I still enjoy that interview, though - it was unlike anything else going on at the time (there was still a lot of earnest chin-stroking taking place), and the bits about John Smith and Mystery, Inc. still make me laugh.

 

I recommend Morrison's Supergods for his thoughts on the Alan Moore excommunication - it's a real shame, because Morrison has repeatedly shown a great fondness for Moore's work. He may have taken some light-hearted pot-shots at Watchmen at the time - when it was essentially the White Album of comics - but his Pax Americana in Multiversity is as earnest and considered a tribute as I've seen.

 

Anyhoo, I finished the Mills book and enjoyed it throughout. I did perhaps start to flag a little when he got to the whole Flynn saga, but even that was enlivened by his theories about literal witch-hunts at Tharg Towers. Throughout the book, Mills is always on the side of the creator and, more importantly, I think, the reader. I'm not convinced he could have pulled off all the achievements he claims he was denied, but it's a must-read for anyone who's ever experienced any degree of thrill power.

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I thought he was a touch disingenuous towards Rebellion buying the mag. They pretty much save the whole ship from going down and all Mills can do is complain they're too hands off and don't pay enough to the creators, having complained that the previous owners wouldn't stop meddling and interfering with his baby ... or paying enough to the creators.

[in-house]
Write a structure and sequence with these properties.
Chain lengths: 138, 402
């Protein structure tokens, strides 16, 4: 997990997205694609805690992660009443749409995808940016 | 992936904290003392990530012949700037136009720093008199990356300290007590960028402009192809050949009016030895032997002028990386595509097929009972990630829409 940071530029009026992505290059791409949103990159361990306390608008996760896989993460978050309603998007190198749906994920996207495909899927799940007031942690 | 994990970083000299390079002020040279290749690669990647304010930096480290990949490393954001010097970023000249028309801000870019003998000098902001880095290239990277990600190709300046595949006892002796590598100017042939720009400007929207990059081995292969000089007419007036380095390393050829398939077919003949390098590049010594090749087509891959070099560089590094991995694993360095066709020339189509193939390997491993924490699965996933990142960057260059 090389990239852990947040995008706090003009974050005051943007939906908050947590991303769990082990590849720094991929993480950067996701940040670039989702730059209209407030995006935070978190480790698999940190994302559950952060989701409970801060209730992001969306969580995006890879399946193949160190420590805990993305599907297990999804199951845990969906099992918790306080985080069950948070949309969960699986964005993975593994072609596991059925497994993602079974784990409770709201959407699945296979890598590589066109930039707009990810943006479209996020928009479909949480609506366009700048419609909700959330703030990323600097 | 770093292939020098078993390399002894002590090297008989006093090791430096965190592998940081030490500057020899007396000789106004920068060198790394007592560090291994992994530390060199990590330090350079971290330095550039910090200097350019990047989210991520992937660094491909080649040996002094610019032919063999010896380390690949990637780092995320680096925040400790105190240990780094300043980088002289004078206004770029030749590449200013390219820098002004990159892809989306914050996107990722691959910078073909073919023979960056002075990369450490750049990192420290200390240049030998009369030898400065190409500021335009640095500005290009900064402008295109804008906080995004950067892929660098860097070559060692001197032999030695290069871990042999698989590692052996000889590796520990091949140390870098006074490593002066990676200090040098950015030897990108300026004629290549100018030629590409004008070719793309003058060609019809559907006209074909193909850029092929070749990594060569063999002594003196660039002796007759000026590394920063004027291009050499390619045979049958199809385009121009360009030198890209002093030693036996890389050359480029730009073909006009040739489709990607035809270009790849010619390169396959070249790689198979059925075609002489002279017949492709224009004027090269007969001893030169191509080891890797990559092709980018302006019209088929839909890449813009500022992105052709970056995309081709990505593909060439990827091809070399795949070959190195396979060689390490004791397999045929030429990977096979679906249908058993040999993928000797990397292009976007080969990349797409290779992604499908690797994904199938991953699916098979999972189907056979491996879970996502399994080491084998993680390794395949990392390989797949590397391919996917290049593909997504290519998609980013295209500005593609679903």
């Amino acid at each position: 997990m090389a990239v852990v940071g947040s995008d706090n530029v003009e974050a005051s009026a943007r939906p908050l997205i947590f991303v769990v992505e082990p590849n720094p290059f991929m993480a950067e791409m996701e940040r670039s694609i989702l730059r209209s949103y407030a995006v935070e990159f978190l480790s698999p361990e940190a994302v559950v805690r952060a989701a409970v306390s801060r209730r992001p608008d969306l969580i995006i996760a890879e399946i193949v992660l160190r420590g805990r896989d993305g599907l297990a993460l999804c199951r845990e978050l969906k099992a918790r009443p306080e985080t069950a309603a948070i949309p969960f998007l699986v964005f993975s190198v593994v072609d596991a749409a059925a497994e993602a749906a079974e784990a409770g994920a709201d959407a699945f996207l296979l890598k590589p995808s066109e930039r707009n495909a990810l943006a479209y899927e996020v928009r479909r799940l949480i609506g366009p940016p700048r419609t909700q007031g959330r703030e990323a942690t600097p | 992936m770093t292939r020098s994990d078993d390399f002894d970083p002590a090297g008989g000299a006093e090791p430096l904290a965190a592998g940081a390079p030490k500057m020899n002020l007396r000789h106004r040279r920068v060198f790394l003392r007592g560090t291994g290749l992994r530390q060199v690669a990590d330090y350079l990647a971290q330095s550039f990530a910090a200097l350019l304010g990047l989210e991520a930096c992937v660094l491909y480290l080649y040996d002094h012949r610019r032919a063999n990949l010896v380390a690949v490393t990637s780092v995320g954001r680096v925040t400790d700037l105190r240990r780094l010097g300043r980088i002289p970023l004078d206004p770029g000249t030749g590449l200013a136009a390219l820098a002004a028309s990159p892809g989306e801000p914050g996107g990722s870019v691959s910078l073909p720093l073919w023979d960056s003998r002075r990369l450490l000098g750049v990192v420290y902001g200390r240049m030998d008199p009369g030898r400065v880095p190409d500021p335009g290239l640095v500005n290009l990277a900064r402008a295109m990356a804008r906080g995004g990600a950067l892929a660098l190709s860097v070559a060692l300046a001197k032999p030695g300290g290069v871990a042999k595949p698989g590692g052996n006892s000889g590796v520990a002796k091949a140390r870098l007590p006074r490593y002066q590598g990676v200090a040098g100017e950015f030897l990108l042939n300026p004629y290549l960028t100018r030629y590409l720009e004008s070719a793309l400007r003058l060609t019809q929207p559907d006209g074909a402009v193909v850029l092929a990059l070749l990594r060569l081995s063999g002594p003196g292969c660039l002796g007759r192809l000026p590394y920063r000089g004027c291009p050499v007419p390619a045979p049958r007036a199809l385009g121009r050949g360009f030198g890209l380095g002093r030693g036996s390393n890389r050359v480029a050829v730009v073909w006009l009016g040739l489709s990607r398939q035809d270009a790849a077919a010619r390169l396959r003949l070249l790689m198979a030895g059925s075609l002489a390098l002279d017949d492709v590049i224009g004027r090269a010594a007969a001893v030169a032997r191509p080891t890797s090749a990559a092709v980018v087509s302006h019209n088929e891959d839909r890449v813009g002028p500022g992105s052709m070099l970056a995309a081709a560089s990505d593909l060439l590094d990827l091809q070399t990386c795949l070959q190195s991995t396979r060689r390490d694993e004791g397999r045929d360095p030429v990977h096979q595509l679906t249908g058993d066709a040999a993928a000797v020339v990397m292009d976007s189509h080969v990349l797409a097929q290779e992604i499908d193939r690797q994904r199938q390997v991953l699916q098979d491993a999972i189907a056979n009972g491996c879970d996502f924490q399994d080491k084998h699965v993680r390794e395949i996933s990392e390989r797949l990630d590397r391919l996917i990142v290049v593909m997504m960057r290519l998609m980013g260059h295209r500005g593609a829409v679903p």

And given that the last couple of issue have been chock full of Mills stories I think he might just have an agenda there.

 

Its a good read sure, but its certainly the Mills alone show,

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14 minutes ago, Darwock said:

Who's going to draw Strontium Dog now? Will they retire it? I don't think anyone else has ever drawn that strip, have they?

 

Well there was that terrible "Feral" period in the late 80s where it was drawn by someone else but it was, well, terrible. There have probably been a few others over the years too. But you're right, it wouldn't be the same without him (and it wasn't when they tried it before).

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16 hours ago, Darren said: